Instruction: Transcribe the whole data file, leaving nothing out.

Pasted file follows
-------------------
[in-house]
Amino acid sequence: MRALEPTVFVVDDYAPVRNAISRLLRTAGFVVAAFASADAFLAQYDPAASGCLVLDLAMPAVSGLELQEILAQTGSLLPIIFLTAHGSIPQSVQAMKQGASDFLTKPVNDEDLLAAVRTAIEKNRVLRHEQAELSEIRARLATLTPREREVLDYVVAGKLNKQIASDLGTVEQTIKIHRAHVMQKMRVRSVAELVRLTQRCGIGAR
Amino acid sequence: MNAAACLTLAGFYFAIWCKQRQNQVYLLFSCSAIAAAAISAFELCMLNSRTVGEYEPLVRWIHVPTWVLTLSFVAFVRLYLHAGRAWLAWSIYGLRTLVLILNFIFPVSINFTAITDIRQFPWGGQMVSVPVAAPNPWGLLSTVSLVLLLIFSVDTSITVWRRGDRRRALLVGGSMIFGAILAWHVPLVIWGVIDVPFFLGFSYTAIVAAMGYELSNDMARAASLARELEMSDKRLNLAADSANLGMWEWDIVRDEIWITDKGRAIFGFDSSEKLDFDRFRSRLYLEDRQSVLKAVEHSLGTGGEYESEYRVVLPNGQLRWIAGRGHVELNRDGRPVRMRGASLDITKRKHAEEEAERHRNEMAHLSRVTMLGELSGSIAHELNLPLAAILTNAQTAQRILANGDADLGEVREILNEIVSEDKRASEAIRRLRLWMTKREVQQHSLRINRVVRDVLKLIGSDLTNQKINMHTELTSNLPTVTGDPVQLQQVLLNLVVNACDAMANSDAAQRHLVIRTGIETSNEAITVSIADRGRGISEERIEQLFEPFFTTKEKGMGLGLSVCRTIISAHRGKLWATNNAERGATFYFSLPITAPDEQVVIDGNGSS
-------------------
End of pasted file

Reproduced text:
[in-house]
Amino acid sequence: MRALEPTVFVVDDYAPVRNAISRLLRTAGFVVAAFASADAFLAQYDPAASGCLVLDLAMPAVSGLELQEILAQTGSLLPIIFLTAHGSIPQSVQAMKQGASDFLTKPVNDEDLLAAVRTAIEKNRVLRHEQAELSEIRARLATLTPREREVLDYVVAGKLNKQIASDLGTVEQTIKIHRAHVMQKMRVRSVAELVRLTQRCGIGAR
Amino acid sequence: MNAAACLTLAGFYFAIWCKQRQNQVYLLFSCSAIAAAAISAFELCMLNSRTVGEYEPLVRWIHVPTWVLTLSFVAFVRLYLHAGRAWLAWSIYGLRTLVLILNFIFPVSINFTAITDIRQFPWGGQMVSVPVAAPNPWGLLSTVSLVLLLIFSVDTSITVWRRGDRRRALLVGGSMIFGAILAWHVPLVIWGVIDVPFFLGFSYTAIVAAMGYELSNDMARAASLARELEMSDKRLNLAADSANLGMWEWDIVRDEIWITDKGRAIFGFDSSEKLDFDRFRSRLYLEDRQSVLKAVEHSLGTGGEYESEYRVVLPNGQLRWIAGRGHVELNRDGRPVRMRGASLDITKRKHAEEEAERHRNEMAHLSRVTMLGELSGSIAHELNLPLAAILTNAQTAQRILANGDADLGEVREILNEIVSEDKRASEAIRRLRLWMTKREVQQHSLRINRVVRDVLKLIGSDLTNQKINMHTELTSNLPTVTGDPVQLQQVLLNLVVNACDAMANSDAAQRHLVIRTGIETSNEAITVSIADRGRGISEERIEQLFEPFFTTKEKGMGLGLSVCRTIISAHRGKLWATNNAERGATFYFSLPITAPDEQVVIDGNGSS